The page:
By Noah Hubbell
By Leslie Simon
By Brad Lopez
By Tom Murphy
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By Inkoo Kang
By Dave Herrerra
By Josiah M. Hesse
The message flashed at viewers during the introduction of The Last Klezmer--a 1994 documentary film made by Yale Strom, leader of the klezmer/jazz act known as KLAZZJ--underlines the important role the style has played in Jewish culture throughout Eastern Europe. "A wedding without a klezmer," the saying goes, "was worse than a funeral without tears."
As this statement suggests, klezmer provided the soundtrack for life in the thriving Jewish communities of Europe's recent past. For Strom, however, the music is very much a part of the present. In fact, klezmer changed the course of his life.
According to Strom, the event that started him on his current path was a klezmer dance that he attended sixteen years ago, just prior to his planned entry into law school. An accomplished violinist, he was so enthralled by the blend of Ukrainian folk, European gypsy songs and Yiddish favorites churned out by the band at the dance that he asked the musicians if he could sit in for a song or two. The group's leader dismissed him, but Strom didn't take this response as a sign that klezmer wasn't for him. Instead, he vowed on the spot to form his own klezmer band. Shortly thereafter, he headed to Eastern Europe on the first of a series of pilgrimages to the genre's heartland. Although he never earned the law degree he coveted, he claims to have no regrets about his decision.
"It was the right choice," he says. "My family--well, they weren't really upset about it. Not really. They were pretty supportive. My mom was happy because I already had a couple of degrees under my belt, so it wasn't like I was throwing it all away. I think that perhaps she felt like with the other degrees, I could always have a fall-back position."
He hasn't needed one. At 39, Strom is the foremost klezmer historian in America--and that's only one of his many pursuits. His photographic essays have been exhibited in Tel Aviv, New York, Chicago and several cities in Canada. He's also published six photo books, including works focusing on young immigrants in America, Jewish youth in Eastern Europe, European gypsies, the Hasidim in Brooklyn and a 500-year history of the Jewish exodus. As for his film work, he recently debuted a new feature documentary, Carpati: 50 Miles, 50 Years, at Lincoln Center in New York City. (Denver film buffs will have an opportunity to view Carpati at the Jewish Film Festival later this summer.) Additionally, Strom is co-authoring a play, assembling another film project and preparing to write a book for Simon & Schuster on various ethnic coming-of-age rites. Somehow, he managed to work a wedding into his schedule, too: He married writer/producer Elizabeth Schwartz earlier this month.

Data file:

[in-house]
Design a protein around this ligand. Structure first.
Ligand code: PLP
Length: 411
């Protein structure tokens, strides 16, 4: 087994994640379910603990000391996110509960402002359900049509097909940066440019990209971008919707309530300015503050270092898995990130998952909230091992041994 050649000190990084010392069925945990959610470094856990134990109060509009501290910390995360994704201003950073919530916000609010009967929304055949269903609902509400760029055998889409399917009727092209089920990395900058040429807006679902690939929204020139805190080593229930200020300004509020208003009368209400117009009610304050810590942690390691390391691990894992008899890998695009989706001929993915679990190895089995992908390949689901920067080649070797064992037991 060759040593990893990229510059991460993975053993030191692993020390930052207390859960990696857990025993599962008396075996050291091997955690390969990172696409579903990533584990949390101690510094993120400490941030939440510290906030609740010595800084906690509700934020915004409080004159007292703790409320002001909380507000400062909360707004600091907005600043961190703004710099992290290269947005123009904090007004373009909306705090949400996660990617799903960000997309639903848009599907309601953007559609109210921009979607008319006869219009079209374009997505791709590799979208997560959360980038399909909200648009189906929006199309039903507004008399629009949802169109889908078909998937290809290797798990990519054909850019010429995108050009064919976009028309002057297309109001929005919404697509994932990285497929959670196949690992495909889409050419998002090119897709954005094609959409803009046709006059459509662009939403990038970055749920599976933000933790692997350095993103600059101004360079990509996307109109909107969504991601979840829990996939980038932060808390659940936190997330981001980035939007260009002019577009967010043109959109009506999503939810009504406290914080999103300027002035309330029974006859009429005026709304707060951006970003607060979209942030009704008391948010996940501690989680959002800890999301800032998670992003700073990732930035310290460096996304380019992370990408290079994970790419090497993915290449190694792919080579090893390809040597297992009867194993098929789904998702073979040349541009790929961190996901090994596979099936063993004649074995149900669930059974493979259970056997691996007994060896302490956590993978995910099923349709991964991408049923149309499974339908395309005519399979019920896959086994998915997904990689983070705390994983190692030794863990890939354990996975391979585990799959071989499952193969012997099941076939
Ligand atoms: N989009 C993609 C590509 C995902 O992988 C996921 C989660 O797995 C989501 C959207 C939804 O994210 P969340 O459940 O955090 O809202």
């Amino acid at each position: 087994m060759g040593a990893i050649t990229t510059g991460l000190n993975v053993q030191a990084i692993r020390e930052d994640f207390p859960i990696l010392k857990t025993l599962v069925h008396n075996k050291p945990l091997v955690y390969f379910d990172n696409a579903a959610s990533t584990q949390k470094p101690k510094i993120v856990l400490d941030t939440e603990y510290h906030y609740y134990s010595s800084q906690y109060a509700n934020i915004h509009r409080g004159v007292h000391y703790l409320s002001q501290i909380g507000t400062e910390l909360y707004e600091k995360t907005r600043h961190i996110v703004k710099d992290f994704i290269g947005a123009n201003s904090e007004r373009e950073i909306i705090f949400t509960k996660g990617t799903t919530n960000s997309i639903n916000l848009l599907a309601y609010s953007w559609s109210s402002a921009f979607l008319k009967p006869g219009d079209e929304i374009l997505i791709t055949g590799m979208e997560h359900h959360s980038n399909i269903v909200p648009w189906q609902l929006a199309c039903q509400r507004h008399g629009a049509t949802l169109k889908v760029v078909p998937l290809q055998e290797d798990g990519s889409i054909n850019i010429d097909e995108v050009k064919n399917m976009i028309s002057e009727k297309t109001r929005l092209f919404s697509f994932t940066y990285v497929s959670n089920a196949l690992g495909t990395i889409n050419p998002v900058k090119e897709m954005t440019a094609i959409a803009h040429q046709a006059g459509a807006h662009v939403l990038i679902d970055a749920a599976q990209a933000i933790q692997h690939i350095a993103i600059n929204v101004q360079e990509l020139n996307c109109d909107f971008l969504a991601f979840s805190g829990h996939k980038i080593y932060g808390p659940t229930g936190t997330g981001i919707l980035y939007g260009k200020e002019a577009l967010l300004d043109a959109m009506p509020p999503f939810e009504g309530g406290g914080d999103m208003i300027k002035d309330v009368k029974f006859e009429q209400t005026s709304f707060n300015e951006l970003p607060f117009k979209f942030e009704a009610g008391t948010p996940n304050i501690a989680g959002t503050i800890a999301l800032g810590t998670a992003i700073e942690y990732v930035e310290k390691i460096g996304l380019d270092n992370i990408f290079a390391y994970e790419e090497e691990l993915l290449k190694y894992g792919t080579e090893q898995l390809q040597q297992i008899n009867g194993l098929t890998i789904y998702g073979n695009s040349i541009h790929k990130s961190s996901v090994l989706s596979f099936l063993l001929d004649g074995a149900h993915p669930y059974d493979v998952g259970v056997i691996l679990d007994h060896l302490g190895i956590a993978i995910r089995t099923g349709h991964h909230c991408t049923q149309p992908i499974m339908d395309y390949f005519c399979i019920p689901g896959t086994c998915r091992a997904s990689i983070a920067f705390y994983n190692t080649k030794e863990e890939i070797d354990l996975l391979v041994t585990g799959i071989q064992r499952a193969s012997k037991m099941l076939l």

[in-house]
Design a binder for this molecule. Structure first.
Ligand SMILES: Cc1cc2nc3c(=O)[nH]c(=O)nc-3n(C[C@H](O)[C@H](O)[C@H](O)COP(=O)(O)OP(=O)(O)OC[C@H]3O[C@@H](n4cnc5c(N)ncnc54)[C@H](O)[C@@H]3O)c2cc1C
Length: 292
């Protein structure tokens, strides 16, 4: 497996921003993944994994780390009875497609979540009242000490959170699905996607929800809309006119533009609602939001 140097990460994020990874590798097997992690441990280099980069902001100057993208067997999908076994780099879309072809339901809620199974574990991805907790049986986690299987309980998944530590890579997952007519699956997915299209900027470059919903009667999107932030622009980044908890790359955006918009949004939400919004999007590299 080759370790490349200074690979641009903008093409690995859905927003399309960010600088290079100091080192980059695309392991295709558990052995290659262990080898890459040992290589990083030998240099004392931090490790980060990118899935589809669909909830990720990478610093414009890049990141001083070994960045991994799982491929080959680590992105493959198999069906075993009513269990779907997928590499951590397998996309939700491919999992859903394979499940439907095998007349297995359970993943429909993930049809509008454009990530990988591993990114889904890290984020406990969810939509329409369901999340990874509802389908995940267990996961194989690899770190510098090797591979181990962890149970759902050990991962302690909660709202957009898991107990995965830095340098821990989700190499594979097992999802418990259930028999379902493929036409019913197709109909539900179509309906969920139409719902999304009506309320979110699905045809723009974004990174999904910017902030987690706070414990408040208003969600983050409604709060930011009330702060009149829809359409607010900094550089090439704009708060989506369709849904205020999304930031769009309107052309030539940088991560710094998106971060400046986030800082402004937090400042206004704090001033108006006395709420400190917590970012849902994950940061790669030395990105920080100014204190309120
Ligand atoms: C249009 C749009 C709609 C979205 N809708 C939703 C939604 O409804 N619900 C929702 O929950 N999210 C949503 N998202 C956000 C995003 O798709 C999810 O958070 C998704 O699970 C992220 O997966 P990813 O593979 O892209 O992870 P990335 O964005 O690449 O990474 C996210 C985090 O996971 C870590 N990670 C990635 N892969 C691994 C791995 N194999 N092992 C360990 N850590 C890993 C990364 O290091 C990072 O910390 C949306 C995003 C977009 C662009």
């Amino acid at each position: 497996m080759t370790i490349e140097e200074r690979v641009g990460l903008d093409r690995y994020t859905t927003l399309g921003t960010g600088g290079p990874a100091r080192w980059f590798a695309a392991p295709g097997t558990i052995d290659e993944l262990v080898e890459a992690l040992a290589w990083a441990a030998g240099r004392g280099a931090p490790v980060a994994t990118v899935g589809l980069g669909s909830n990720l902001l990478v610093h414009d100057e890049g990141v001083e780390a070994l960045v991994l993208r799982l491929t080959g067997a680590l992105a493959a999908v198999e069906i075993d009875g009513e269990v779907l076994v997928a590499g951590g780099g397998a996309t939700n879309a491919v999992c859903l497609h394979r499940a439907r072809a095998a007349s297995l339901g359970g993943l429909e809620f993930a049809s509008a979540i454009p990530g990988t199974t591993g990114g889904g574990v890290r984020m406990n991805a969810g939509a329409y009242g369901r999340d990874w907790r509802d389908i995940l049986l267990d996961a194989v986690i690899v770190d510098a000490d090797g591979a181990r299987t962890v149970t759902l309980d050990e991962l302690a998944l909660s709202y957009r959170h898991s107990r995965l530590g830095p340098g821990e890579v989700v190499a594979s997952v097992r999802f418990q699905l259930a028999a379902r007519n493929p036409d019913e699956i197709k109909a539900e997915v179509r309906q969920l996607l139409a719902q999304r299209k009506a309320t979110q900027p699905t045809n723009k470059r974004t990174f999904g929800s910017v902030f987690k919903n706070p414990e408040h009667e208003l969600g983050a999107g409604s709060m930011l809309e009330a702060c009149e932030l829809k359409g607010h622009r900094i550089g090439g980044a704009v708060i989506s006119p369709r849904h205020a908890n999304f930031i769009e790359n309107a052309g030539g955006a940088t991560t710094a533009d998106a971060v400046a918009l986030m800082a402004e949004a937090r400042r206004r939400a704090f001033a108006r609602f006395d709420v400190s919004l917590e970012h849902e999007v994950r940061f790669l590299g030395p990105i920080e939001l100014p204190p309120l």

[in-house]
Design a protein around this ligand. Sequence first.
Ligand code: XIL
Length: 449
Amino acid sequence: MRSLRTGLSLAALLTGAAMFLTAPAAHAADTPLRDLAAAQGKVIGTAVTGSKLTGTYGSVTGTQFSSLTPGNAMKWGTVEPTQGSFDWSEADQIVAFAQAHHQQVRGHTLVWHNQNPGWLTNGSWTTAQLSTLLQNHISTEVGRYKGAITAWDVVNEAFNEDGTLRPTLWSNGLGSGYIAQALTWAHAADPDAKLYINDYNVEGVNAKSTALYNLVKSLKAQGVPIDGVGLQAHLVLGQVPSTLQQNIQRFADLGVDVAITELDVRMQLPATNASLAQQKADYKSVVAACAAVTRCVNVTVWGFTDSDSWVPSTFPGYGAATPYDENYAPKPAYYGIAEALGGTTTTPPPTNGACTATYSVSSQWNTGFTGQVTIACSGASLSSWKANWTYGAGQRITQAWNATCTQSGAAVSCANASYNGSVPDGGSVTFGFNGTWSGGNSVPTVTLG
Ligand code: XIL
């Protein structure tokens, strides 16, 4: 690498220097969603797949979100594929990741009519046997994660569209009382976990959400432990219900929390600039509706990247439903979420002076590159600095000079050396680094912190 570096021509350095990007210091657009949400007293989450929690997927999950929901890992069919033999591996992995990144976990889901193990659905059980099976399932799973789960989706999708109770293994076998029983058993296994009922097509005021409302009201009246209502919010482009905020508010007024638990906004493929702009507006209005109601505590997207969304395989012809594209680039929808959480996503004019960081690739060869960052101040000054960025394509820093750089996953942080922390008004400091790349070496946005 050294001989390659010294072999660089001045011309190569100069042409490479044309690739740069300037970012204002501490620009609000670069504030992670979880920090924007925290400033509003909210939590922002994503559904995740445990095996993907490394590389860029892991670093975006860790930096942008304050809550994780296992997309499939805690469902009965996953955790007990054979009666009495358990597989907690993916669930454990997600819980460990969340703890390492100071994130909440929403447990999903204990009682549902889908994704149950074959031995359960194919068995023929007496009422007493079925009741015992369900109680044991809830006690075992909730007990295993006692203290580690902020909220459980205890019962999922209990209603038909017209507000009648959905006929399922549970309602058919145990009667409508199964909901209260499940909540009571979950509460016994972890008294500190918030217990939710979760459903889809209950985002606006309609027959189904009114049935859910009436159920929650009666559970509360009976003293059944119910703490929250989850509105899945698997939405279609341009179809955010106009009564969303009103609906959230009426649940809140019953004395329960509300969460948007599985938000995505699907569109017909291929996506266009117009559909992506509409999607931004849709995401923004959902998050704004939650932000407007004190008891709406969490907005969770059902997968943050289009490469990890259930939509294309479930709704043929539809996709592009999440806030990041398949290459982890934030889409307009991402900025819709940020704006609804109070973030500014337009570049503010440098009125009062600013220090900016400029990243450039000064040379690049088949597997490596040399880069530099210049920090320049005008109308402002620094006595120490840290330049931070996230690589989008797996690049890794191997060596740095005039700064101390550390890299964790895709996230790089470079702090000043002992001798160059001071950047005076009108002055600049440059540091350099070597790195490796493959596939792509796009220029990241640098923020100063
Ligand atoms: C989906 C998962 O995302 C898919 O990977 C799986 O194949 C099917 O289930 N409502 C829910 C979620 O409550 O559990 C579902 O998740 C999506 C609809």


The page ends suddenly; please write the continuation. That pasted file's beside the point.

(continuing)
Still, it's klezmer that gets him most excited, and even though he respects the music, he's not shy about tinkering with it. KLAZZJ perfectly exemplifies his approach. Its lineup--guitarist Fred Benedetti, Afro-Cuban percussionist Gene Perry, flutist/saxophonist Tripp Sprague, bassist Geoff Pekarek and Strom on violin--blends jazz elements into the standard klezmer formula. Some might consider this a radical departure, but Strom says it was a natural progression.
"I started my original klezmer band, Zmiros, in San Diego in 1981," he notes. "Three of the original members of that band--myself, Fred and Geoff--played traditional klezmer, and we'd do my own music or whatever. But two years ago I decided to do more worldbeat music along with it and really stretch the traditional out a little. So I added Tripp on saxophone, instead of the clarinet you hear most often. I found that gives a bit more of a jazz or blues feel, sometimes, to the traditional Jewish music. But it's the percussion that really gives it a whole new shape. And that's not because there's just a drum beat--it's because Gene plays Afro-Cuban percussion.
"We've been together two years now, and by the time we come to Denver, we will have finished our latest CD," he continues. "It won't be out yet, but we'll play some of the material. There's a Jewish flavor to some of the tunes, but a lot of rhumba, Latin, tango and Afro-Cuban kinds of things. And the new pieces really reflect my own kind of take on the music."
The accessibility of Strom's current vision dovetails nicely with the growing interest in klezmer music outside the Jewish community. He's pleased and amused by this unexpected turn of events--but he's not surprised.
"You hear the clarinetist in a klezmer band and you think, 'That cat's burning,'" he says. "The music swings. It's not jazz, but it swings. It moves. It allows you to add your philosophy in the bar lines. When you play klezmer, you put yourself in it. You're not just playing little black notes--and that's important."
The Sound of Summer: An Evening of Klezmer Jazz Under the Stars, with Yale Strom & KLAZZJ. 7 p.m. Wednesday, June 19, Robert E. Loup Jewish Community Center, 350 South Dahlia, $12/$10 students and seniors (plus an additional $8 for a dinner package), 399-2660, ext. 337.